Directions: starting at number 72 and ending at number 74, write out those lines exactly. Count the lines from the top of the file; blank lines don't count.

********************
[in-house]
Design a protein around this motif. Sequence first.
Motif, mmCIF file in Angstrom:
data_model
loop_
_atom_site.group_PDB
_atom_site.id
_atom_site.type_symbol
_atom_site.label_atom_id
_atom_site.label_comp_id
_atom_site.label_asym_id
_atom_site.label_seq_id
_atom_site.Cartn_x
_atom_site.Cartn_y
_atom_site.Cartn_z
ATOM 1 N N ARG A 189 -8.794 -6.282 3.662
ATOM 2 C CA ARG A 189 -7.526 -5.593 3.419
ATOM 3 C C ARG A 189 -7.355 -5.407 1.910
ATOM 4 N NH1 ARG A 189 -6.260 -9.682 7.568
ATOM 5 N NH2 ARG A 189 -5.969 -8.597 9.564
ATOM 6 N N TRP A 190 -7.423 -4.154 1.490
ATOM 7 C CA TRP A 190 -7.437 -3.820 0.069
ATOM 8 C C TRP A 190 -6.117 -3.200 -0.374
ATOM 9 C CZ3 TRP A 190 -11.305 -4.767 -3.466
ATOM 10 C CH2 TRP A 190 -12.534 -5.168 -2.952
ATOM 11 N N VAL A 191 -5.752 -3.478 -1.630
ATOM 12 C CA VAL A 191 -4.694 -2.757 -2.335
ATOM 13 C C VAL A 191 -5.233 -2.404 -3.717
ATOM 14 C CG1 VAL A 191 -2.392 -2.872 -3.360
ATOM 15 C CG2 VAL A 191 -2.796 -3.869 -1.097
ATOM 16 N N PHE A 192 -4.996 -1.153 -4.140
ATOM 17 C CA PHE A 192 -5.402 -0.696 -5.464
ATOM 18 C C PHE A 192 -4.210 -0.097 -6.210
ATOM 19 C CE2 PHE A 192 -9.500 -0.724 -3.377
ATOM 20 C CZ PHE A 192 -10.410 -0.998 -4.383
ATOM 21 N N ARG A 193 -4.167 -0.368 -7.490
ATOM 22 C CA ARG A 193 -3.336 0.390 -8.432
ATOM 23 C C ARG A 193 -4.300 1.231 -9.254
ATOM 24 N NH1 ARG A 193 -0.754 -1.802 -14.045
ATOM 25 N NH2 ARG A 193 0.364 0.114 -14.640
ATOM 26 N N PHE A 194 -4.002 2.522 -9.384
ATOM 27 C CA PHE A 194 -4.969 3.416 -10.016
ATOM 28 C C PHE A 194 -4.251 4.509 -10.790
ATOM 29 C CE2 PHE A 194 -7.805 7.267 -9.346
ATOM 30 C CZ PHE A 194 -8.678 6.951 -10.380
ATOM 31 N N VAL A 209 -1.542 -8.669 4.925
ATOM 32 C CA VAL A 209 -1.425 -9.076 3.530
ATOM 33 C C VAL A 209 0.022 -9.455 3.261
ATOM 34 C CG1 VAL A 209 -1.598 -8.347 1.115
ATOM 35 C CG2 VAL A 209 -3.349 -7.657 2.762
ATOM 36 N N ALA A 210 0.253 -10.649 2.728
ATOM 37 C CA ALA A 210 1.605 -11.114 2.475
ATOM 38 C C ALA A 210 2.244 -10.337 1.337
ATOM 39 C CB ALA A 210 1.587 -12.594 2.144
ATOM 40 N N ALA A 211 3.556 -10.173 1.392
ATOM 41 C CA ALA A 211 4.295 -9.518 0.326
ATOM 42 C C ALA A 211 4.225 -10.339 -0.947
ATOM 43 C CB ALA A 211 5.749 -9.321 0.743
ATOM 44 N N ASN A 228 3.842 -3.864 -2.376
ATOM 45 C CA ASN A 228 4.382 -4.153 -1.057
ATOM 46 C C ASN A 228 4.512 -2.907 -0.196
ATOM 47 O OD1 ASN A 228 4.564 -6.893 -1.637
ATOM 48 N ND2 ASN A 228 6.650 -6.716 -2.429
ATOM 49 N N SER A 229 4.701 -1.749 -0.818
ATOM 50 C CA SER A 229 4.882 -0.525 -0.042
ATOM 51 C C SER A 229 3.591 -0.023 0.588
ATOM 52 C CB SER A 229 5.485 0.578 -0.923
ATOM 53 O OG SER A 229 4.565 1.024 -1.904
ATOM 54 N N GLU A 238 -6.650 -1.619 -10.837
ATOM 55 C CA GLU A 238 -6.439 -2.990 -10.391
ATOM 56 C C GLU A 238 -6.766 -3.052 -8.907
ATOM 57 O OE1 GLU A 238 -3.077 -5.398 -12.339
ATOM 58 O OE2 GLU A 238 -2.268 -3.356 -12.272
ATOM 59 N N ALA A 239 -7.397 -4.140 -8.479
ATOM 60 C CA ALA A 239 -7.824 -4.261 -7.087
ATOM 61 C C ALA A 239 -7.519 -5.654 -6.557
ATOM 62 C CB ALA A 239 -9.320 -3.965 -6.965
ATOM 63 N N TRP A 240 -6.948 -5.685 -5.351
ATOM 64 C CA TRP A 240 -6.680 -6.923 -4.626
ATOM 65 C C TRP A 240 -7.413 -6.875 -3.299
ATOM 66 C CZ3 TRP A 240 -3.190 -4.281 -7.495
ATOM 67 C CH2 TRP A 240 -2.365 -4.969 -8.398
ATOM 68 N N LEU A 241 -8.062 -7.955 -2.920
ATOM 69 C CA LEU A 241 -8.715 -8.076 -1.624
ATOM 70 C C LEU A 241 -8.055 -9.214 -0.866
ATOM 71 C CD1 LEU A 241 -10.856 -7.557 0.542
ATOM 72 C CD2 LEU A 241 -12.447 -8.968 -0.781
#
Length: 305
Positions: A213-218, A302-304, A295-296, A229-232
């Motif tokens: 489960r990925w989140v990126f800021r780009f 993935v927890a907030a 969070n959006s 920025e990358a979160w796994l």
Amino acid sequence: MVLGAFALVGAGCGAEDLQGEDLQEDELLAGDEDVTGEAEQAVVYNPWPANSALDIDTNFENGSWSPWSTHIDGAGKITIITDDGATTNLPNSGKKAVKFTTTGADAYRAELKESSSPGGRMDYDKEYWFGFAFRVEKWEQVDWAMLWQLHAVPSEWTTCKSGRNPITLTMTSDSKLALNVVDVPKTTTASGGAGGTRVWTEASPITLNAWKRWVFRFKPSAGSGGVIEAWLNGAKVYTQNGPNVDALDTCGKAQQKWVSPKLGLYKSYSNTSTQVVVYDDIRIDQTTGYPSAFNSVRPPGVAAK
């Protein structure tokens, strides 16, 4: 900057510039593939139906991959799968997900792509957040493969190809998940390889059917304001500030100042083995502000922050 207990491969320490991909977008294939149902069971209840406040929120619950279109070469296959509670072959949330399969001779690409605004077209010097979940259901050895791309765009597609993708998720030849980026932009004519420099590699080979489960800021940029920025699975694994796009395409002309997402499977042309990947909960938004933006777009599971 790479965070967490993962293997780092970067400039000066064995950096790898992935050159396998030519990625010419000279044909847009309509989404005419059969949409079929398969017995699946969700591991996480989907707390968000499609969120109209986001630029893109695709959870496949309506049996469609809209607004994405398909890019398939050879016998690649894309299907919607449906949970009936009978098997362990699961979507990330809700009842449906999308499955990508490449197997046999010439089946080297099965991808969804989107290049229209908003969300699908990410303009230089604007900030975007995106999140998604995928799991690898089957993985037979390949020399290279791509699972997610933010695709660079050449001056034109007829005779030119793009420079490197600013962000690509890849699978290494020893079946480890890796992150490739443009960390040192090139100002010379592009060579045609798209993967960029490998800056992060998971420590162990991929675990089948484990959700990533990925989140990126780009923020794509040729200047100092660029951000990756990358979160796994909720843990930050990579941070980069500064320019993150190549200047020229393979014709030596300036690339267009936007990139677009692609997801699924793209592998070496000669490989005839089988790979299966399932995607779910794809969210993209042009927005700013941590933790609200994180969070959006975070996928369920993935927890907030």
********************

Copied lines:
ATOM 57 O OE1 GLU A 238 -3.077 -5.398 -12.339
ATOM 58 O OE2 GLU A 238 -2.268 -3.356 -12.272
ATOM 59 N N ALA A 239 -7.397 -4.140 -8.479